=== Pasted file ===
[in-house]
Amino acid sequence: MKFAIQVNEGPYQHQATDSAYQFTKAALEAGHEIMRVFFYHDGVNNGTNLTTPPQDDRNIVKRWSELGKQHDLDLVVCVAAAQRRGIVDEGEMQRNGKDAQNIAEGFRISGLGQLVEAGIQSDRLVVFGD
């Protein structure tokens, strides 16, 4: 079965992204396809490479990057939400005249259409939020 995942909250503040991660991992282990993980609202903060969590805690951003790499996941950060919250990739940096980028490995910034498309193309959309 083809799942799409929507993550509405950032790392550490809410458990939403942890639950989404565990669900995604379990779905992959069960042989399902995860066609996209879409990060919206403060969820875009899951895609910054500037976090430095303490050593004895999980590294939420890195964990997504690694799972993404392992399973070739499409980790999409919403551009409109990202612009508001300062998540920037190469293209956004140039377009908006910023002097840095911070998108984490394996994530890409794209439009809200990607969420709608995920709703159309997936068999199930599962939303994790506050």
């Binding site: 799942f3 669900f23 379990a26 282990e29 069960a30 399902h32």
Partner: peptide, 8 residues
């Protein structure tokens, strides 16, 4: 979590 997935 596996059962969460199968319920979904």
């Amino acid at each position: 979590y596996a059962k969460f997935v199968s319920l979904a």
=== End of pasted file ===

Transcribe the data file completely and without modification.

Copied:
[in-house]
Amino acid sequence: MKFAIQVNEGPYQHQATDSAYQFTKAALEAGHEIMRVFFYHDGVNNGTNLTTPPQDDRNIVKRWSELGKQHDLDLVVCVAAAQRRGIVDEGEMQRNGKDAQNIAEGFRISGLGQLVEAGIQSDRLVVFGD
């Protein structure tokens, strides 16, 4: 079965992204396809490479990057939400005249259409939020 995942909250503040991660991992282990993980609202903060969590805690951003790499996941950060919250990739940096980028490995910034498309193309959309 083809799942799409929507993550509405950032790392550490809410458990939403942890639950989404565990669900995604379990779905992959069960042989399902995860066609996209879409990060919206403060969820875009899951895609910054500037976090430095303490050593004895999980590294939420890195964990997504690694799972993404392992399973070739499409980790999409919403551009409109990202612009508001300062998540920037190469293209956004140039377009908006910023002097840095911070998108984490394996994530890409794209439009809200990607969420709608995920709703159309997936068999199930599962939303994790506050």
């Binding site: 799942f3 669900f23 379990a26 282990e29 069960a30 399902h32």
Partner: peptide, 8 residues
């Protein structure tokens, strides 16, 4: 979590 997935 596996059962969460199968319920979904």
């Amino acid at each position: 979590y596996a059962k969460f997935v199968s319920l979904a």